|Now||2020||Previous||Articles||Road Essays||Road Reviews||Author||Title||Source||Age||Genre||Series||Format||Inclusivity||LGBTA||Portfolio||Artwork||WIP|
Born on a Blue Day: 11/15/12
Born on a Blue Day by Daniel Tammet is the autobiography of the man featured in the Brainman documentary. As he recounts his childhood and early adulthood he outlines how Asperger's syndrome and synesthesia affect his day to day life and perceptions of things.
Most of the book focuses on his childhood, growing up in council homes with an ever growing family. Although one of his brothers also has Asperger's, that fact isn't mentioned until the end of the book. He talks instead about the loneliness at school, the teachers who didn't understand him and the bullying he faced.
Adulthood, though, offered opportunities. A trip to Lithuania to teach English helped him realize his talent for languages. Later in life he was challenged to learn Icelandic in a week — which he managed.
The latter third of the book focuses on the Brainman documentary as well as his work towards memorizing and reciting π to 22,500 digits (give or take). As he recounts his feats, he includes tangents about how he sees numbers as colored landscapes.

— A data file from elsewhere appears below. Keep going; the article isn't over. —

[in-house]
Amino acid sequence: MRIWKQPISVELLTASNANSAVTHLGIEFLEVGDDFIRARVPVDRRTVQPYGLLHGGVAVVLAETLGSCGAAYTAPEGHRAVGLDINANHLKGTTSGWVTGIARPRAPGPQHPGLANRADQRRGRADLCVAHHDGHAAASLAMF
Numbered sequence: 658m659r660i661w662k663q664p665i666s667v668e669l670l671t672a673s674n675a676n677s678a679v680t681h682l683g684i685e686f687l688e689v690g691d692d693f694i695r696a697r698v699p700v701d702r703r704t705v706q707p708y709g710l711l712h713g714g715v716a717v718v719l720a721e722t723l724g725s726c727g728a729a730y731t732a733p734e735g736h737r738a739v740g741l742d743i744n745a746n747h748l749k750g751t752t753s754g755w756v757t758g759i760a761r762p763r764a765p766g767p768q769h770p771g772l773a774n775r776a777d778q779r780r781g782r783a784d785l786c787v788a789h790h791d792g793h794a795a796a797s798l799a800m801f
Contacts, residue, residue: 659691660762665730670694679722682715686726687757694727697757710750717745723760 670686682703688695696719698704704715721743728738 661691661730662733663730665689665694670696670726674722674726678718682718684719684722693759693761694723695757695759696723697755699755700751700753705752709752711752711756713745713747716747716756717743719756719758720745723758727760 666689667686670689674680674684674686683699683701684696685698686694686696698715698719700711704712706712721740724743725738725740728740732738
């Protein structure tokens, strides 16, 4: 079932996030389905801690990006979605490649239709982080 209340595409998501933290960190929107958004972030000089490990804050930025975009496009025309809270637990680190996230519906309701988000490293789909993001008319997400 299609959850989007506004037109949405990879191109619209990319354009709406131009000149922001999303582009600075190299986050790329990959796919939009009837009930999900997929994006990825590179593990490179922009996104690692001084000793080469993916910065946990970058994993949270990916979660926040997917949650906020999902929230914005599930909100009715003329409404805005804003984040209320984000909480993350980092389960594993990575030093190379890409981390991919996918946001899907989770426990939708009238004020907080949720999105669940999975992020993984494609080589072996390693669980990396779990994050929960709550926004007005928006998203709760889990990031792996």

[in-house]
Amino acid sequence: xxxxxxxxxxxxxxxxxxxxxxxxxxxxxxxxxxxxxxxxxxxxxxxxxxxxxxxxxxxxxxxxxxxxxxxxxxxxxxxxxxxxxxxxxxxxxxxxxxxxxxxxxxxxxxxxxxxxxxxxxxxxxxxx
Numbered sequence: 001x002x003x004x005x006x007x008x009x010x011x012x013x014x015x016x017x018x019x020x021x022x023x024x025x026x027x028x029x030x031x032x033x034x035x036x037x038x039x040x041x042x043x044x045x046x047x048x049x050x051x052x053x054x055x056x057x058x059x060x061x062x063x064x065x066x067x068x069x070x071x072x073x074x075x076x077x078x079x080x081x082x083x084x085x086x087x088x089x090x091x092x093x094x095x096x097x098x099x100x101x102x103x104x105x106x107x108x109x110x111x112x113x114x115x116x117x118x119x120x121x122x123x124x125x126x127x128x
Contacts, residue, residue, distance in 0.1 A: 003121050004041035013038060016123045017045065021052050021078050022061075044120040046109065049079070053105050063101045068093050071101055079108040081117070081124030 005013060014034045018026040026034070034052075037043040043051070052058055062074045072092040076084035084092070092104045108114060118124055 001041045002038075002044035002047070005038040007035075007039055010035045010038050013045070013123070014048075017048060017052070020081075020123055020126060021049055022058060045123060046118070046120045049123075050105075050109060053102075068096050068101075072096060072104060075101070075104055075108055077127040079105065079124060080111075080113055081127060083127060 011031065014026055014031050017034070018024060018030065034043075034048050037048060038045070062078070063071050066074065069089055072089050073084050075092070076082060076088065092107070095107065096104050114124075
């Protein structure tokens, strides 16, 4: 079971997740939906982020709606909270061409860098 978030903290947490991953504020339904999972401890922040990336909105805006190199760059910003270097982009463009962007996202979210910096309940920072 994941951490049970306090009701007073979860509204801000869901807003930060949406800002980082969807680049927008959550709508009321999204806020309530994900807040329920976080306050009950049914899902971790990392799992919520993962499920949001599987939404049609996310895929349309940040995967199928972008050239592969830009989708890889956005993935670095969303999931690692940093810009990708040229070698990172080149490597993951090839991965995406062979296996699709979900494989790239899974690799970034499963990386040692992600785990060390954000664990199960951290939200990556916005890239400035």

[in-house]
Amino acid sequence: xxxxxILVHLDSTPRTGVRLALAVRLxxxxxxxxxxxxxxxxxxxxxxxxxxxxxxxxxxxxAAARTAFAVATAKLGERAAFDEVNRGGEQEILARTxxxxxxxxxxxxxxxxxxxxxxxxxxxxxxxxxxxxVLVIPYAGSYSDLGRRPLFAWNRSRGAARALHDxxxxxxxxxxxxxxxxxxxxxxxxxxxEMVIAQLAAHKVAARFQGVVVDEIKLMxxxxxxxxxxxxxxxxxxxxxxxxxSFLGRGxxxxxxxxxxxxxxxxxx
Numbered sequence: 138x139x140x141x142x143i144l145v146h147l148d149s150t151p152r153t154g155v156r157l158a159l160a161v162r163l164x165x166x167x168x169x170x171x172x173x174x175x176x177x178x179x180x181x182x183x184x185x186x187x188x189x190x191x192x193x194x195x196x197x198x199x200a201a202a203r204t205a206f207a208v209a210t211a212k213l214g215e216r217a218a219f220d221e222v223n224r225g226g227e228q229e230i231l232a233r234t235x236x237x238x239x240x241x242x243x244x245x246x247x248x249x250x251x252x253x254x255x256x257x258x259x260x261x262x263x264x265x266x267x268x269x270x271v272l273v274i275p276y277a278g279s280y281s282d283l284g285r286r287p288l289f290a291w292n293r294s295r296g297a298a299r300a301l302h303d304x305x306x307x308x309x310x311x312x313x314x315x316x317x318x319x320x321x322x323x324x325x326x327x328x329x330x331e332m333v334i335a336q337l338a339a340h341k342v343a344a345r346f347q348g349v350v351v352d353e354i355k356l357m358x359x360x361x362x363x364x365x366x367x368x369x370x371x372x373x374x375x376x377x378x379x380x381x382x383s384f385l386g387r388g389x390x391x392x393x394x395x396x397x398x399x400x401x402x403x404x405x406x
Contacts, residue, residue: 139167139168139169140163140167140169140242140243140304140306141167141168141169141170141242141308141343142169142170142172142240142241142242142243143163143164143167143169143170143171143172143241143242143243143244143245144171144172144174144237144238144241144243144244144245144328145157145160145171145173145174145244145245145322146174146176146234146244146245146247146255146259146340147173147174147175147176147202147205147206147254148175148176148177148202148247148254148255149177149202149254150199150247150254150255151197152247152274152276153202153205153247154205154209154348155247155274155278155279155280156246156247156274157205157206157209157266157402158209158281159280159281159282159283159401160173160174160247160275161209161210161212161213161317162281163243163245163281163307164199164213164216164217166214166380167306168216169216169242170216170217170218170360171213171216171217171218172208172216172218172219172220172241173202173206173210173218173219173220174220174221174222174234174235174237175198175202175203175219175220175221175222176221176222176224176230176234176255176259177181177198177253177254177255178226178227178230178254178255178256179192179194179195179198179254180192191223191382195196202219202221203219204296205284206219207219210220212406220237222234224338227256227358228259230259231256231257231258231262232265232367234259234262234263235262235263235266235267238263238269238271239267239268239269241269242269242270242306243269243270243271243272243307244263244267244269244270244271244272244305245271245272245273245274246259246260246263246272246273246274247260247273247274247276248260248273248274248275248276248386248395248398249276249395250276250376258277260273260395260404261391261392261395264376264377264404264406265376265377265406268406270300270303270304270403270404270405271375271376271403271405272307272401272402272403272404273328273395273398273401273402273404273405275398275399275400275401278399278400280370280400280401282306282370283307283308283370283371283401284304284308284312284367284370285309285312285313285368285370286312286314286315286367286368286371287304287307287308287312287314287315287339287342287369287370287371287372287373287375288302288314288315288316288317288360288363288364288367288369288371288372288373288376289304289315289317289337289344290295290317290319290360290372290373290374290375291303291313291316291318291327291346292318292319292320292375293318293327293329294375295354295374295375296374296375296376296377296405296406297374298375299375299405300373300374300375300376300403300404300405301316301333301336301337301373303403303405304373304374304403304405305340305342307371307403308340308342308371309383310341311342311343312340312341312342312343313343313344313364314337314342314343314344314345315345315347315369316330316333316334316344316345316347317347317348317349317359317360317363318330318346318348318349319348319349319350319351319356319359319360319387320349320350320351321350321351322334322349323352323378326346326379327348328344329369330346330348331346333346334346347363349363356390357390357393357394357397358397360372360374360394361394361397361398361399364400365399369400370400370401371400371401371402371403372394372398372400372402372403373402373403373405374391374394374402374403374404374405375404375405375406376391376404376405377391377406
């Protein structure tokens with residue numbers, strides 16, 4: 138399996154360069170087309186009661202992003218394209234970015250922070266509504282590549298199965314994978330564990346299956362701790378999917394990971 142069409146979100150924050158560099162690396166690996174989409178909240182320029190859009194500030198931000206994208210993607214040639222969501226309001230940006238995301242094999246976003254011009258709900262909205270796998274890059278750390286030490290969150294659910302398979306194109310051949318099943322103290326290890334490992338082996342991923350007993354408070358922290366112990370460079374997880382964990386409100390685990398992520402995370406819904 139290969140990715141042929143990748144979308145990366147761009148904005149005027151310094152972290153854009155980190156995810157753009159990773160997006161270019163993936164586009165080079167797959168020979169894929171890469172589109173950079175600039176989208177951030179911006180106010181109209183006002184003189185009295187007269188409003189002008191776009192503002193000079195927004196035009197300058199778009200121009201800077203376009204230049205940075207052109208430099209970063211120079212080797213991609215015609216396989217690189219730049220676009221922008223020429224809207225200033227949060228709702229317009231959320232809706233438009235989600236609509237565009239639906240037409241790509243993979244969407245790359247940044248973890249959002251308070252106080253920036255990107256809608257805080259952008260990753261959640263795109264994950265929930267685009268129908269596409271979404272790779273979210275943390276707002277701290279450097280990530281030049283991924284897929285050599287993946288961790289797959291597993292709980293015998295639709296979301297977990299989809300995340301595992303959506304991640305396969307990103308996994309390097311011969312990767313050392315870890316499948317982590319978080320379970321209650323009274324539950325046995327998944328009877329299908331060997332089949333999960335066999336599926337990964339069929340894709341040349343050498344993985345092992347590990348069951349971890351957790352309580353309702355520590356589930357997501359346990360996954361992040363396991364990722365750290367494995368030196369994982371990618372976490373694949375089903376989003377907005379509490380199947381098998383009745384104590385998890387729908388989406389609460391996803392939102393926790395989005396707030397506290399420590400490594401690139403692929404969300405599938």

While I don't have synesthesia, the trick of imagining numbers (or words) as shapes and colors is a useful mnemonic — something I use while cataloging as copy cataloging involves the transcription of lots of different numbers.
I happened to listen to the audio, performed by Simon Vance — an English actor reading an English man's memoir. Unfortunately, I suspect that the edition I was listening to had been put through the American filter. It sounds wrong to hear an English man say van Gogh as "Van-Go" instead of "Van-Goff." It is just as disconcerting to hear the same man say "elevator" instead of "lift."